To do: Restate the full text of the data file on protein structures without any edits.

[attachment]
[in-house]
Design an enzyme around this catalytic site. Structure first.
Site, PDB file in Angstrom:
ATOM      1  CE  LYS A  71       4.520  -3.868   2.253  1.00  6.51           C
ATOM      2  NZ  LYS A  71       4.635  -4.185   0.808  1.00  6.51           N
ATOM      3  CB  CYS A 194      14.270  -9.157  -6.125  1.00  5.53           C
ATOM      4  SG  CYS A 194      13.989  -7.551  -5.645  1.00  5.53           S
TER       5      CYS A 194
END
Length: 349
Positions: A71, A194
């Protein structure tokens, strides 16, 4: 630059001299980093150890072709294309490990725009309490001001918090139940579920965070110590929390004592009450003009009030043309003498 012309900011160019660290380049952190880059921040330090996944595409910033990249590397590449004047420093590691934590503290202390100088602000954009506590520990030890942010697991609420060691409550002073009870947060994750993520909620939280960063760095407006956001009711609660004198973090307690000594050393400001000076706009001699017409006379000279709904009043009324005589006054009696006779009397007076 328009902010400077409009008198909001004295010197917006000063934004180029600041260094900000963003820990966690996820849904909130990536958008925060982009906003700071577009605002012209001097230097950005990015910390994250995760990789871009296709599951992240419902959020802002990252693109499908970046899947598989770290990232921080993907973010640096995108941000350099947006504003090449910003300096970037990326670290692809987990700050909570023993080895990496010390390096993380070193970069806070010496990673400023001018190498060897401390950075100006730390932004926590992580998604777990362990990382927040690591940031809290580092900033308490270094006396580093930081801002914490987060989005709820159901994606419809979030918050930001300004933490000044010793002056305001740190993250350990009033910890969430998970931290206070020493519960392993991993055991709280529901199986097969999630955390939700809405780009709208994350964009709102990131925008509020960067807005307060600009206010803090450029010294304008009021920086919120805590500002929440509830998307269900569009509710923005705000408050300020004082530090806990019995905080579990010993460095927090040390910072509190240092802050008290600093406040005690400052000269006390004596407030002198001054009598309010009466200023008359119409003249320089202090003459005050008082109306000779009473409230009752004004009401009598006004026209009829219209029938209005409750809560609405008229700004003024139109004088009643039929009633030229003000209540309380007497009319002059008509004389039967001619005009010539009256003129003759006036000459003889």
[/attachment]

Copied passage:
[in-house]
Design an enzyme around this catalytic site. Structure first.
Site, PDB file in Angstrom:
ATOM      1  CE  LYS A  71       4.520  -3.868   2.253  1.00  6.51           C
ATOM      2  NZ  LYS A  71       4.635  -4.185   0.808  1.00  6.51           N
ATOM      3  CB  CYS A 194      14.270  -9.157  -6.125  1.00  5.53           C
ATOM      4  SG  CYS A 194      13.989  -7.551  -5.645  1.00  5.53           S
TER       5      CYS A 194
END
Length: 349
Positions: A71, A194
């Protein structure tokens, strides 16, 4: 630059001299980093150890072709294309490990725009309490001001918090139940579920965070110590929390004592009450003009009030043309003498 012309900011160019660290380049952190880059921040330090996944595409910033990249590397590449004047420093590691934590503290202390100088602000954009506590520990030890942010697991609420060691409550002073009870947060994750993520909620939280960063760095407006956001009711609660004198973090307690000594050393400001000076706009001699017409006379000279709904009043009324005589006054009696006779009397007076 328009902010400077409009008198909001004295010197917006000063934004180029600041260094900000963003820990966690996820849904909130990536958008925060982009906003700071577009605002012209001097230097950005990015910390994250995760990789871009296709599951992240419902959020802002990252693109499908970046899947598989770290990232921080993907973010640096995108941000350099947006504003090449910003300096970037990326670290692809987990700050909570023993080895990496010390390096993380070193970069806070010496990673400023001018190498060897401390950075100006730390932004926590992580998604777990362990990382927040690591940031809290580092900033308490270094006396580093930081801002914490987060989005709820159901994606419809979030918050930001300004933490000044010793002056305001740190993250350990009033910890969430998970931290206070020493519960392993991993055991709280529901199986097969999630955390939700809405780009709208994350964009709102990131925008509020960067807005307060600009206010803090450029010294304008009021920086919120805590500002929440509830998307269900569009509710923005705000408050300020004082530090806990019995905080579990010993460095927090040390910072509190240092802050008290600093406040005690400052000269006390004596407030002198001054009598309010009466200023008359119409003249320089202090003459005050008082109306000779009473409230009752004004009401009598006004026209009829219209029938209005409750809560609405008229700004003024139109004088009643039929009633030229003000209540309380007497009319002059008509004389039967001619005009010539009256003129003759006036000459003889």